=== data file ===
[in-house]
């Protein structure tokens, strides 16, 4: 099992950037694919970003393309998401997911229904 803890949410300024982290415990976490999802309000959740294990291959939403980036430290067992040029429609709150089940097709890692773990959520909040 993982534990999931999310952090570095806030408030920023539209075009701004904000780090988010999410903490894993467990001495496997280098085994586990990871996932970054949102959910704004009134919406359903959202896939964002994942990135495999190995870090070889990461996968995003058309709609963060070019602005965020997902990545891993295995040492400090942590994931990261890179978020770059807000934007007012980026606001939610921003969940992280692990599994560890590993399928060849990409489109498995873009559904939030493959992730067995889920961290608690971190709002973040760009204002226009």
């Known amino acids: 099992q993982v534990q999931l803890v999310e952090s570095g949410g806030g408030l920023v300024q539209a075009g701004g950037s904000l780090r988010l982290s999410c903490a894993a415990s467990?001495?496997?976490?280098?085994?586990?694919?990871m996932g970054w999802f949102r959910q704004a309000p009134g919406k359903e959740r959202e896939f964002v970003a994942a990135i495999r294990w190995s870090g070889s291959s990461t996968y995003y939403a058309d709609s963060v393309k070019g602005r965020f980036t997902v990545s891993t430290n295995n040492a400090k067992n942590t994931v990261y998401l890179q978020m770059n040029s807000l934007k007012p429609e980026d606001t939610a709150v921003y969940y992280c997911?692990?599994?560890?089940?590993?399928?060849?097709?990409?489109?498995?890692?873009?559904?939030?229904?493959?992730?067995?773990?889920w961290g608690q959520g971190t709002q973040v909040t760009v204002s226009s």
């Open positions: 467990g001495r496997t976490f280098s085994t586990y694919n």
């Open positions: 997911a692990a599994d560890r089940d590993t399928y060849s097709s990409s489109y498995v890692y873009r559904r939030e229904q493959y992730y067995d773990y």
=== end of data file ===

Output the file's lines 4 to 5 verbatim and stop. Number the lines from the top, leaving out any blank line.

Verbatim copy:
């Open positions: 467990g001495r496997t976490f280098s085994t586990y694919n």
């Open positions: 997911a692990a599994d560890r089940d590993t399928y060849s097709s990409s489109y498995v890692y873009r559904r939030e229904q493959y992730y067995d773990y």